Apus apus   German Association for the Protection of
  Common Swifts
NewsThe swiftFoundlingVeterinarySwift Rescue CenterAssociationHelp & DonateMiscellaneous
 deutsch español italiano français polski Foundling  →  Complications  →  Shock

Shock, cramps

Cramp attacks due to vitamin B deficiency. © C. Haupt

Very many accidents due to collisions with electricity wires, cars, window panes or similar end immediately and fatally, so that no more help is possible. If the bird survives immediately after the accident then quick treatment is necessary: as fast as possible, treatment for shock by a vet must be undertaken.

Do not attempt to give food or drink to the bird!

Cramps and disturbances of the central nervous system can have very different origins. Frequently they appear as a result of an accident, and sometimes an affected swift has simply a concussion, and is only weak and dazed and recovers after a few days of rest and warmth. However if more serious symptoms appear, e.g. cramp attacks, moving in circles, somersaults and turning head over heels, stiff and unnatural head movements, then the prognosis is more doubtful. Such patients belong in the hands of an avian vet as soon as possible!

Attacks of cramps can also be observed in hand-raised swifts, which have been correctly fed with insects. The cause is a lack of vitamin B complexes.

The symptoms of Vitamin B deficiency can appear very suddenly, progress rapidly and when untreated have fatal consequences. The development is more dramatic the younger the swift is: a nestling a few days old can die from it in an hour.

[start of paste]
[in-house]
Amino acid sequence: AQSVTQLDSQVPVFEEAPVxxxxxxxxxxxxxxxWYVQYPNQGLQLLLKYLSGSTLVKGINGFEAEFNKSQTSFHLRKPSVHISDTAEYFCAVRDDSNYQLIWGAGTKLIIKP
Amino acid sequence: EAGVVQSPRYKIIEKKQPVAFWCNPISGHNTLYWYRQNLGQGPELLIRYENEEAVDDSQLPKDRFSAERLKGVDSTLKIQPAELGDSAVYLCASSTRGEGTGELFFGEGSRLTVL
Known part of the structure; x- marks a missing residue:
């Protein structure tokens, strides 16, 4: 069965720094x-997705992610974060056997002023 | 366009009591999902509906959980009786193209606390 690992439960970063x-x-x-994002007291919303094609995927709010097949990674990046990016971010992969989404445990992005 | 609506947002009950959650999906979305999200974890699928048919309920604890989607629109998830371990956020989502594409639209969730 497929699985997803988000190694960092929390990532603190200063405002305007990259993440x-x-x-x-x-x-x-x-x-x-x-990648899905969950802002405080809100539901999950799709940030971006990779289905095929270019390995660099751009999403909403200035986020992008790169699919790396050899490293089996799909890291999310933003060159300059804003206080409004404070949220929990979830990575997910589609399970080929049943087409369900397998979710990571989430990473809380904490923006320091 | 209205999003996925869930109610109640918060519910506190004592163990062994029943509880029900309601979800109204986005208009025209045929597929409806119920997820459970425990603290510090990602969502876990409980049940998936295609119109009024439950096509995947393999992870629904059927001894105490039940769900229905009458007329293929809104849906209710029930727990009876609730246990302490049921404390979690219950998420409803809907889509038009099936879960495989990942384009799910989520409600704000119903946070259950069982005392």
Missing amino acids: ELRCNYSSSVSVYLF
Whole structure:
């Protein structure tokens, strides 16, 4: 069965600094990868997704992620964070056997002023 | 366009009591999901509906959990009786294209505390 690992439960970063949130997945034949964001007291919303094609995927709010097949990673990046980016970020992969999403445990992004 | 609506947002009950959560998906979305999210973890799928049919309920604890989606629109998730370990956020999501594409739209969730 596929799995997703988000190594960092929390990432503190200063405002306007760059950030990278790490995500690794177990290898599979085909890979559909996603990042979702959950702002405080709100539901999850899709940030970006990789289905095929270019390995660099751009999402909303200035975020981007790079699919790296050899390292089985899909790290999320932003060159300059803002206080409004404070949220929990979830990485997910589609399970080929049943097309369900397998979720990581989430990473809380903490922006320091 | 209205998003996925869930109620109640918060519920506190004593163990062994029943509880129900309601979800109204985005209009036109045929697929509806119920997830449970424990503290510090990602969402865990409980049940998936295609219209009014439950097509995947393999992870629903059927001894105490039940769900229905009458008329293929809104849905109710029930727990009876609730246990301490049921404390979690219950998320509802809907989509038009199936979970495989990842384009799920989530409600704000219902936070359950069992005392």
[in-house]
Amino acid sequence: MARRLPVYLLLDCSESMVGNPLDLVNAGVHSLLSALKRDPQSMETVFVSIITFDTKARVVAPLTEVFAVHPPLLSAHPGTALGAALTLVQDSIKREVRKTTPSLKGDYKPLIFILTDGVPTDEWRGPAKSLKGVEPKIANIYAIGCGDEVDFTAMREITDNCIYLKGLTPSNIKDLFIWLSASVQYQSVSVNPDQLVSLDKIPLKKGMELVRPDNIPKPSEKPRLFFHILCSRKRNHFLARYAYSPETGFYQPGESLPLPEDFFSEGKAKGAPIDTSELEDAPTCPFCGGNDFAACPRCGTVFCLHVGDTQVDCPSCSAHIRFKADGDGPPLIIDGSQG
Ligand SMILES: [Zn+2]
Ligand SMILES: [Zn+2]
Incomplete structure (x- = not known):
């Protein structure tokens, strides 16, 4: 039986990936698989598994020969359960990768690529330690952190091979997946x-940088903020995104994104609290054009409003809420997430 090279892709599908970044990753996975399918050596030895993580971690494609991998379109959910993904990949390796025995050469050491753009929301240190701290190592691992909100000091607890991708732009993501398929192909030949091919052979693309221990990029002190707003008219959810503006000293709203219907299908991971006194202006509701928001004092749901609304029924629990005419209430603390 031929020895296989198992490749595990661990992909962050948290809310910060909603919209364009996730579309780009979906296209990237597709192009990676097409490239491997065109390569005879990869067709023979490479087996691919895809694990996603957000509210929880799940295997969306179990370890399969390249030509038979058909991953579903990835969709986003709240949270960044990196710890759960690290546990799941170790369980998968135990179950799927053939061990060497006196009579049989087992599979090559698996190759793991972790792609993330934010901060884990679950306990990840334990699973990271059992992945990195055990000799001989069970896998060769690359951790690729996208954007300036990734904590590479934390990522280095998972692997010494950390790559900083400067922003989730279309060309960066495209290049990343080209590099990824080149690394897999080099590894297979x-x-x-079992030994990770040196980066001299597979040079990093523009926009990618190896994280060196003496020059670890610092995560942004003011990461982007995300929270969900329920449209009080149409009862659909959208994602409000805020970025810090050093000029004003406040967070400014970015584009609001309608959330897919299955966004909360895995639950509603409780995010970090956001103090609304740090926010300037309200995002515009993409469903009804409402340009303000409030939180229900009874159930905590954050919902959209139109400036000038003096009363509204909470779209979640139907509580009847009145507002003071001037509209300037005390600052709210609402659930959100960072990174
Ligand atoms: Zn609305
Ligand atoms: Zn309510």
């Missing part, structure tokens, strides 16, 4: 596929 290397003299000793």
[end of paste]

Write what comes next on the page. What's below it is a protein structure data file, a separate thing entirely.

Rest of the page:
The symptoms begin inconspicuously with loss of appetite, fixed gaze and convulsive head movements, and progress to "throwing the head against the neck", convulsions and moving around in circles. For adult birds one may also observe blood-curdling screams, painful scratching and wild tossing about. Such cases can be promptly treated by an injection of Vitamin B complex from a vet. Usually such birds are quite calm within half an hour.

Swifts which are fed with mealworms or with low quality grasshoppers are more quickly affected, as well as those which after a normal growth period must remain in human hands, e.g. due to moulting. However over the last few years, understanding has grown of the previously unexplained reasons for the incidence of these problems of sensitive swifts in captivity, so that it is recommended that birds be given a prophylactic sub-cutaneous injection of vitamin B complex every 10-12 days by a vet.

Supplements of vitamin B by mouth (or more precisely, by beak) have been found to be largely ineffective. Also preventative enrichment of food seems not to be able to eliminate symptoms of vitamin deficiency. The syndrome of Vitamin B complex deficiency is also known for swallows and other insect-eating songbirds which are in human care.


Buchenstraße 9
D-65933 Frankfurt

Tel.:+49(69)35 35 15 04
We accept only swifts! Questions regarding other bird species will not be answered!
Information regarding other bird species: http://www.wildvogelhilfe.org/
Start  ·  Flag  ·  Directions  ·  Sitemap ·  deutsch español italiano français polski